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March 12, 2003
New Wright flier takes wing

By Joe Bauman
Deseret News staff writer


Pilot Wayne Larsen test flies the Wright flier at Wendover airport. The plane, built by USU faculty members and students, reached an altitude of 75 feet on one flight.
Michael Brandy, Deseret News

WENDOVER — Marking the centennial year anniversary of powered flight, a modern version of the Wright brothers' first aircraft took to the air above the Wendover airport runway Wednesday.

It was actually the second day of test flights for the flier, constructed by students and faculty members at Utah State University, Logan. The plane made low-flying runs to the delight of about 60 spectators beside the runway who cheered as the biplane taxied along, with the engine puttering and two vehicles following it. Then it gently lifted off the asphalt and flew at an unbelievably slow rate for an aircraft, like some giant box kite, going maybe 10 feet above the surface before it touched down on the runway.

The estimated distance was about 7,000 feet — far longer than the Wright brothers' Dec. 17, 1903, flight of 120 feet — said Jill Stout, a USU student who helped build the plane.

Other students who contributed many hundreds of hours of voluntary work on the plane include James Call, Marc Karpowich and Scott Wilson.

Stout said she learned many things about aeronautics while working on the plane and said the team discovered many modifications that were needed.

"Almost every time (the Wrights) flew, they wrecked, and less than a week later they were out, they'd fixed it . . . it's been a real learning experience," she said.

Wayne Larsen of Tremonton has a flying service based in Brigham City. Project backers say Hill Air Force Base pilots had volunteered to fly the aircraft. But Larsen was chosen because he does crop dusting and the plane needs a pilot used to flying low and slow.

One designer noted that the Wright plane flies slower than the F-16 taxis.

Before the plane left the air, Larsen had one of Utah's most distinguished pilots as co-pilot: former Sen. Jake Garn of Utah. The two took the Wright flier for several practice taxi runs previous to the actual flight. The plane revved its engines and scooted smoothly along the asphalt of the taxiway, and at times the front wheels lifted from the ground, but not the main wheel carriage.

The plane will not carry such distinguished passengers or pilots until it has more flying time and is proved safe, according to project officials.

"Great," Garn said, describing the feeling of the taxi runs. "The hardest thing is the brakes. You've got to really push them hard."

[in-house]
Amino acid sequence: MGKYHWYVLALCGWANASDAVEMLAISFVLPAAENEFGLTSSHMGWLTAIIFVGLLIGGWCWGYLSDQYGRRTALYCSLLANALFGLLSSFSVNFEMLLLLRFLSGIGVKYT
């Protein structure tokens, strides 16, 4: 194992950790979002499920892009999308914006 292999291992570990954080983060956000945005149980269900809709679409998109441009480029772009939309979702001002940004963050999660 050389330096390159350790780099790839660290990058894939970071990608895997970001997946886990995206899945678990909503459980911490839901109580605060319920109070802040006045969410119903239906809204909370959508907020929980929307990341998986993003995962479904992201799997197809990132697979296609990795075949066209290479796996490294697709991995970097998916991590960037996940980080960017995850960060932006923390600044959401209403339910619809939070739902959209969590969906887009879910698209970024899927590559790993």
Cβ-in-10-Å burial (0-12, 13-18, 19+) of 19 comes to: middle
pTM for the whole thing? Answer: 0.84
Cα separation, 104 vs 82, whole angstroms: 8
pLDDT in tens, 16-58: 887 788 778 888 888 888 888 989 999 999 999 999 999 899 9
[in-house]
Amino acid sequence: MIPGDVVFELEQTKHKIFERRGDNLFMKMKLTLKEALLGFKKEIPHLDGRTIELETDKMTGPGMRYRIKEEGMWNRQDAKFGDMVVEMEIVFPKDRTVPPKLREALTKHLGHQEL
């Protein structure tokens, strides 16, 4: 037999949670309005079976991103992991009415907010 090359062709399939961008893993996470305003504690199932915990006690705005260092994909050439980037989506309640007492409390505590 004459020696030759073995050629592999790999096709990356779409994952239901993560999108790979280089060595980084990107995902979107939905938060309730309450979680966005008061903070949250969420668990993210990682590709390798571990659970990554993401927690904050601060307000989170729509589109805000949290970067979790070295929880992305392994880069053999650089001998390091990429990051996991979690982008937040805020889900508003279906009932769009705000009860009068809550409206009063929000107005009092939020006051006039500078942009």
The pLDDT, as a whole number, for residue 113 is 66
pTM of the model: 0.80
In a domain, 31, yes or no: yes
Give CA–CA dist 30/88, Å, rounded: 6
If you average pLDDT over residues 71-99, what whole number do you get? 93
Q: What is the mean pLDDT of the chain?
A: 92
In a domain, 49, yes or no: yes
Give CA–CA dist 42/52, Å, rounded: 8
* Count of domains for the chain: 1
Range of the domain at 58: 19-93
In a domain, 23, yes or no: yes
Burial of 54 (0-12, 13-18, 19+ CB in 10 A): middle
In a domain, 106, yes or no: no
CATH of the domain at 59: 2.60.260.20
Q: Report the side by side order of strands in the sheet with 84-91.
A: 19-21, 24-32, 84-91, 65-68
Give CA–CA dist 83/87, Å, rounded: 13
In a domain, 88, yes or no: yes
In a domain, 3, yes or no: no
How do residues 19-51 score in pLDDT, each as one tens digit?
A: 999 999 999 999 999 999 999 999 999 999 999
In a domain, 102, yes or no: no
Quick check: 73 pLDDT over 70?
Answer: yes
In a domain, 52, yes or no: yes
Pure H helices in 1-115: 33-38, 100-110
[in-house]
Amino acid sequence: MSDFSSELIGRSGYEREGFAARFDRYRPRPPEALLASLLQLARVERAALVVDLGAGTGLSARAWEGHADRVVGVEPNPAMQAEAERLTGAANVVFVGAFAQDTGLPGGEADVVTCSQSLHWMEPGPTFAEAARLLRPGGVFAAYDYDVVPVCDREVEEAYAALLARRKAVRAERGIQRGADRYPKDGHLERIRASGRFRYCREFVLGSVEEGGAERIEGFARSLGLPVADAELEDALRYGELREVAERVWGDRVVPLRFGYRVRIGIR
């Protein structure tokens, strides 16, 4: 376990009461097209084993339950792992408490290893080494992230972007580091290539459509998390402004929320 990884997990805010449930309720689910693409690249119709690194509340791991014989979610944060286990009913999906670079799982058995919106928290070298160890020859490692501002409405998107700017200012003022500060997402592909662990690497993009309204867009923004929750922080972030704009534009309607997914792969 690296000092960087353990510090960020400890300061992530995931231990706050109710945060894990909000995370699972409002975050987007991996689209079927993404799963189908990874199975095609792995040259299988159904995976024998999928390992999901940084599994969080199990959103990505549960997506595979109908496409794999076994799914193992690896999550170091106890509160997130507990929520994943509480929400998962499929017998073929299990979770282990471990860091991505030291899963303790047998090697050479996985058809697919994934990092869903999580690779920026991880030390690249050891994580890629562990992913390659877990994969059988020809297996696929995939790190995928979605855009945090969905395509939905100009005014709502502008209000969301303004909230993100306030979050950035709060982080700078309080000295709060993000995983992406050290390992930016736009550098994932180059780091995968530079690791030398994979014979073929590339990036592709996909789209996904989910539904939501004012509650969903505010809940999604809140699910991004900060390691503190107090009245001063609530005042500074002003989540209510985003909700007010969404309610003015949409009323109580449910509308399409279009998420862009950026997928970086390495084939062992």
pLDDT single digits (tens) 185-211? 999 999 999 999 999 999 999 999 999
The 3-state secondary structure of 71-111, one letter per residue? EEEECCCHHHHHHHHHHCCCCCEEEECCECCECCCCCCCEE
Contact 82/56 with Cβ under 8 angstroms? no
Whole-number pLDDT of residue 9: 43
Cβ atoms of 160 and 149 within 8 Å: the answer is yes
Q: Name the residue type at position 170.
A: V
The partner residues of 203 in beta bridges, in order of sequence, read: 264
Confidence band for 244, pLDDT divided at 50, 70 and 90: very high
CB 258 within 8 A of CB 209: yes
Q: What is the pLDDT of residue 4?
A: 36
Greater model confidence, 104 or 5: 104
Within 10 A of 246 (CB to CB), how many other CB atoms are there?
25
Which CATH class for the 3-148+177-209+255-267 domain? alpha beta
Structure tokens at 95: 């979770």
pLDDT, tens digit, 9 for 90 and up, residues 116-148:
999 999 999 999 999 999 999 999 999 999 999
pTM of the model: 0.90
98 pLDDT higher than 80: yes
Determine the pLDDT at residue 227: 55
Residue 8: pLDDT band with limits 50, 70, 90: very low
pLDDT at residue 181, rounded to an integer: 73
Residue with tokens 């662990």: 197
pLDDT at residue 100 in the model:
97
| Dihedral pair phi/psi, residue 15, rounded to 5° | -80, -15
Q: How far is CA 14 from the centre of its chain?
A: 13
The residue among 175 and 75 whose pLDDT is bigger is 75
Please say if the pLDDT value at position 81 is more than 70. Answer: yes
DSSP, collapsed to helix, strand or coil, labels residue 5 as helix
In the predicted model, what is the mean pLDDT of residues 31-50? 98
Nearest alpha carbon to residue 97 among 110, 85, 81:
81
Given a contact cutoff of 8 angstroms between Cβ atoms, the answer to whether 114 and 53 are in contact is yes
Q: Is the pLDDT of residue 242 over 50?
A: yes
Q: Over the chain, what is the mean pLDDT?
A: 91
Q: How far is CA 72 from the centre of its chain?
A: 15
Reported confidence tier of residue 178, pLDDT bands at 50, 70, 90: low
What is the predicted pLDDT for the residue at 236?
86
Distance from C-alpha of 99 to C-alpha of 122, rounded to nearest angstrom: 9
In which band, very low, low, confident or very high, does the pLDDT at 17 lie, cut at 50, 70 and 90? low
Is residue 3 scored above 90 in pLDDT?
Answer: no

The flights were delayed Wednesday while mechanics put on a new oil-cooling system. A temperature gauge had shown the oil was a little warmer than they would have liked.

The plane is far from an exact replica of the Wright brothers' 1903 model. Dave Widauf, USU aeronautics professor and director of the Wright Brothers Flyer Project, said that he and another professor, Chuck Larsen, wanted to somehow celebrate the 100th anniversary of Wilbur and Orville's Kitty Hawk flight and came up with the idea of building the flier.

However, it uses modern composite materials and has numerous other changes to the original plans to make it safe.

"My thought was, if the Wright brothers were alive today, how would they build that airplane," Widauf said.

He said he showed his students some 1905 designs by the Wrights and asked them to analyze the aircraft. Three weeks later, they replied, "Dr. Widauf, this airplane will not fly."

As originally designed, the Wright aircraft would crash after most flights. It was extremely unstable. The only reason they were able to fly at all is "they got very good at flying a very unstable airplane," Widauf said.

One of the Wrights' errors is that the plane was not balanced properly. To compensate, the USU engineers moved the engine 6 or 8 inches forward. As originally designed, the Wright plane had a stability that would now be rated as minus 23 on the modern scale. The Air Force considers anything at minus five or worse to be unflyable.

"This one is about a plus six or a plus eight," he said.

On students' third flight Wednesday, the plane reached 75 feet.

After the third flight, mechanics tinkered with the plane, adjusting it to make improvements in handling.

"It's very exciting. Extremely," Wayne Larsen said. "That's the highest we've had it, the farthest we've had it . . . it handles really quite well. It's still way behind a conventional airplane."

The students' plane is about the same size as the original, retains the biwing design, has struts and bicycle chains to move the two wooden propellers and still has landing skids underneath. However, the skids now have modern wheels attached and the engine is a Harley Davidson motorcycle engine. The plane also now has two seats, but only the pilot was in the plane Wednesday when it took to the air. In the Wright brothers' day, one of the brothers would just lie on the lower wing.



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